Separation of Church and State Back Before U.S. Supreme Court
Religious liberty continues to dominate the high-profile cases before the Roberts Court. Next term, the justices will consider Espinoza v. Montana Department of Revenue, which involves whether states can be forced to use taxpayer funds to support religious schools.
Facts of the Case
In 2015, the Montana Legislature enacted a tax-credit scholarship program that aimed “to provide parental and student choice in education” for K to 12 students. To accomplish this goal, the program provides a tax credit—up to $150 annually—to individuals and businesses who donate to private, nonprofit scholarship organizations. Those organizations then use the donations to give scholarships to families who wish to send their children to private school.
Shortly after the program was enacted, the Montana Department of Revenue enacted an administrative rule that prohibited scholarship recipients from using their scholarships at religious schools. Rule 1 specificallychanged the definition of “qualified education provider” to exclude any organization “owned or controlled in whole or in part by any church, religious sect, or denomination.” According to the Department, Rule 1 was necessary to comply with Article X, Section 6 of the Montana Constitution, also known as Montana’s “Blaine Amendment.
Article X, Section 6 of the Montana Constitution provides:
(1) The legislature, counties, cities, towns, school districts, and public corporations shall not make any direct or indirect appropriation or payment from any public fund or monies, or any grant of lands or other property for any sectarian purpose or to aid any church, school, academy, seminary, college, university, or other literary or scientific institution, con- trolled in whole or in part by any church, sect, or denomination. (2) This section shall not ap- ply to funds from federal sources provided to the state for the express purpose of distribution to non-public education.
Petitioners Kendra Espinoza, Jeri Anderson, and Jaime Schaefer, parents of children who attend a religiously-affiliated private school in Montana, filed suit challenging Rule 1. They argued that the rule was ultra vires because the Montana Legislature intended the scholarship program to include both religious and nonreligious schools, which was clear from the plain text of the statute and its legislative history.
Second, they argued that Article X, Section 6 of the Montana Constitution did not apply to the program because that section applied only to public funds, and not private donations incentivized by tax credits.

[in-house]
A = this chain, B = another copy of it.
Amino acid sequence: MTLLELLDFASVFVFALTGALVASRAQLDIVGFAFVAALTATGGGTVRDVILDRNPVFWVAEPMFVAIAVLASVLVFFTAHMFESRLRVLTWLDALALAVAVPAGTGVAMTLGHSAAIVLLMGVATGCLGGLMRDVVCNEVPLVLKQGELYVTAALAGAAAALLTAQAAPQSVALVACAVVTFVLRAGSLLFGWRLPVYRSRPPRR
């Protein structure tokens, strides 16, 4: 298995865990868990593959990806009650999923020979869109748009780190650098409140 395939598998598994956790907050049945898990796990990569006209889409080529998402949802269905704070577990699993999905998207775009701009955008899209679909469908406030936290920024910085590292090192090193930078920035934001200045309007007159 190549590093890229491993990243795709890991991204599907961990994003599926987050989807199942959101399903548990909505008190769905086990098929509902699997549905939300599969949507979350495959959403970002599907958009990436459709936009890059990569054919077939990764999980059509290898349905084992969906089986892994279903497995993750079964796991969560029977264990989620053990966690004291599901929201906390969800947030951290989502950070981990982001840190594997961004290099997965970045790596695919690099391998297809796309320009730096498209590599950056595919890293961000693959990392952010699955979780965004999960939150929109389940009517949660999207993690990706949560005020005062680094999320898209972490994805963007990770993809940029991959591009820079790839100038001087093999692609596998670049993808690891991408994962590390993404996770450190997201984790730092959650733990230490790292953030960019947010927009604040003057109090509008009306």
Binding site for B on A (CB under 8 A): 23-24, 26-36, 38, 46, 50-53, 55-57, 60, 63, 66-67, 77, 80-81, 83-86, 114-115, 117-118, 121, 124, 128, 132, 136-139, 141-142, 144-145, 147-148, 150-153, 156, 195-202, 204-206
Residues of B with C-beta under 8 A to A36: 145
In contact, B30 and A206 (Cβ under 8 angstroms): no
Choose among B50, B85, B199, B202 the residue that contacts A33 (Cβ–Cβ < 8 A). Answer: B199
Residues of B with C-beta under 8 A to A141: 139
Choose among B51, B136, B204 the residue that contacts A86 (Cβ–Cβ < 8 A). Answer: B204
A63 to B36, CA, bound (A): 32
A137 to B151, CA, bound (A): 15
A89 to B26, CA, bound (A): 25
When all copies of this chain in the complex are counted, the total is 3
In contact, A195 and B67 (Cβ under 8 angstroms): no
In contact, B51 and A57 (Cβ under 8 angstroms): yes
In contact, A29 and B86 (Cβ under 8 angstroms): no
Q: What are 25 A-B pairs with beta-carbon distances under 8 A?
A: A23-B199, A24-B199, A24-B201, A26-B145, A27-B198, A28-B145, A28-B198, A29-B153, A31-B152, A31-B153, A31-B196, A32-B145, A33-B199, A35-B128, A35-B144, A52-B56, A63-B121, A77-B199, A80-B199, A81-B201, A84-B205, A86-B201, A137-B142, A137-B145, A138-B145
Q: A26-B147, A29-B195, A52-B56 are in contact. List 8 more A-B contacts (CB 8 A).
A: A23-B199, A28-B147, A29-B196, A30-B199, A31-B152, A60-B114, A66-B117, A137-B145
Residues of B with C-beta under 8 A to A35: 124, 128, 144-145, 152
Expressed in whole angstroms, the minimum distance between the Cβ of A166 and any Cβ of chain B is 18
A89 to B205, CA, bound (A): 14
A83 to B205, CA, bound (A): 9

Finally, Petitioners argued that even if Article X, Section 6 requires exclusion of religious schools from the program, this would violate the Religion and Equal Protection Clauses of the U.S. Constitution.
The trial court sided with the Petitioners, concluding that the tax credits implicated private, not public funds, and that Rule 1 was thus not required by Article X, Section 6 of the Montana Constitution.
However, the Montana Supreme Court reversed, striking down the entire tax-credit scholarship program. It held that the program’s inclusion of religious options was unconstitutional under Article X, Section 6 of the Montana Constitution. The court further held that the inclusion of religious schools was not severable from the rest of the scholarship program, and thus found both the program and Rule 1 to be invalid.
Issues Before the Supreme Court
The Supreme Court granted certiorari and has agreed to consider the following question: “Whether it violates the religion clauses or the equal protection clause of the United States Constitution to invalidate a generally available and religiously neutral student-aid program simply because the program affords students the choice of attending religious schools.”
The case will be heard during the October 2019 Term. Oral arguments have not yet been scheduled.
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Congress of the United States begun and held at the City of New-York, on Wednesday the fourth of March, one thousand seven hundred and eighty nine.
THE Conventions of a number of the States, having at the time of their adopting the Constitution, expressed a desire, in order to prevent misconstruction or abuse of its powers, that further declaratory and restrictive clauses should be added: And as extending the ground of public confidence in the Government, will best ensure the beneficent ends of its institution.